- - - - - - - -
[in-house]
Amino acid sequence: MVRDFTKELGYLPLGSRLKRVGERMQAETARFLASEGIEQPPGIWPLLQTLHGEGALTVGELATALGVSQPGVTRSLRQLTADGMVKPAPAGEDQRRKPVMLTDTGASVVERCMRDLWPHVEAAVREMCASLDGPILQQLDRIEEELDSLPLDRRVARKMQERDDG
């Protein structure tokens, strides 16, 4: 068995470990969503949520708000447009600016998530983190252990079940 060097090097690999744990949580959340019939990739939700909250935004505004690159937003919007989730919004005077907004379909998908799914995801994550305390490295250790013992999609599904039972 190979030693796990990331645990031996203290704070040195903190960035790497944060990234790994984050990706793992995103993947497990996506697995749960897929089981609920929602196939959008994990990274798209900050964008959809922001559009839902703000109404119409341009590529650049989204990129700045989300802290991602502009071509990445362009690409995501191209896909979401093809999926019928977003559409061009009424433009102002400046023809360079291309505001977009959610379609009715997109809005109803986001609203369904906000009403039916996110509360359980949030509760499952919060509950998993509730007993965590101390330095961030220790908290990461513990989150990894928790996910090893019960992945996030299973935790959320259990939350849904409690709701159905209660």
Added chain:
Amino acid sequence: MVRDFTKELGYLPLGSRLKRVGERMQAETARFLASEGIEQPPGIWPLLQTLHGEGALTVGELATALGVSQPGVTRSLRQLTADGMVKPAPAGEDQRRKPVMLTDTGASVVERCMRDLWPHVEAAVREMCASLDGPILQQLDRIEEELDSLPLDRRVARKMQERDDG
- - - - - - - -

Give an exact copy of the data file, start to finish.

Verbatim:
[in-house]
Amino acid sequence: MVRDFTKELGYLPLGSRLKRVGERMQAETARFLASEGIEQPPGIWPLLQTLHGEGALTVGELATALGVSQPGVTRSLRQLTADGMVKPAPAGEDQRRKPVMLTDTGASVVERCMRDLWPHVEAAVREMCASLDGPILQQLDRIEEELDSLPLDRRVARKMQERDDG
């Protein structure tokens, strides 16, 4: 068995470990969503949520708000447009600016998530983190252990079940 060097090097690999744990949580959340019939990739939700909250935004505004690159937003919007989730919004005077907004379909998908799914995801994550305390490295250790013992999609599904039972 190979030693796990990331645990031996203290704070040195903190960035790497944060990234790994984050990706793992995103993947497990996506697995749960897929089981609920929602196939959008994990990274798209900050964008959809922001559009839902703000109404119409341009590529650049989204990129700045989300802290991602502009071509990445362009690409995501191209896909979401093809999926019928977003559409061009009424433009102002400046023809360079291309505001977009959610379609009715997109809005109803986001609203369904906000009403039916996110509360359980949030509760499952919060509950998993509730007993965590101390330095961030220790908290990461513990989150990894928790996910090893019960992945996030299973935790959320259990939350849904409690709701159905209660």
Added chain:
Amino acid sequence: MVRDFTKELGYLPLGSRLKRVGERMQAETARFLASEGIEQPPGIWPLLQTLHGEGALTVGELATALGVSQPGVTRSLRQLTADGMVKPAPAGEDQRRKPVMLTDTGASVVERCMRDLWPHVEAAVREMCASLDGPILQQLDRIEEELDSLPLDRRVARKMQERDDG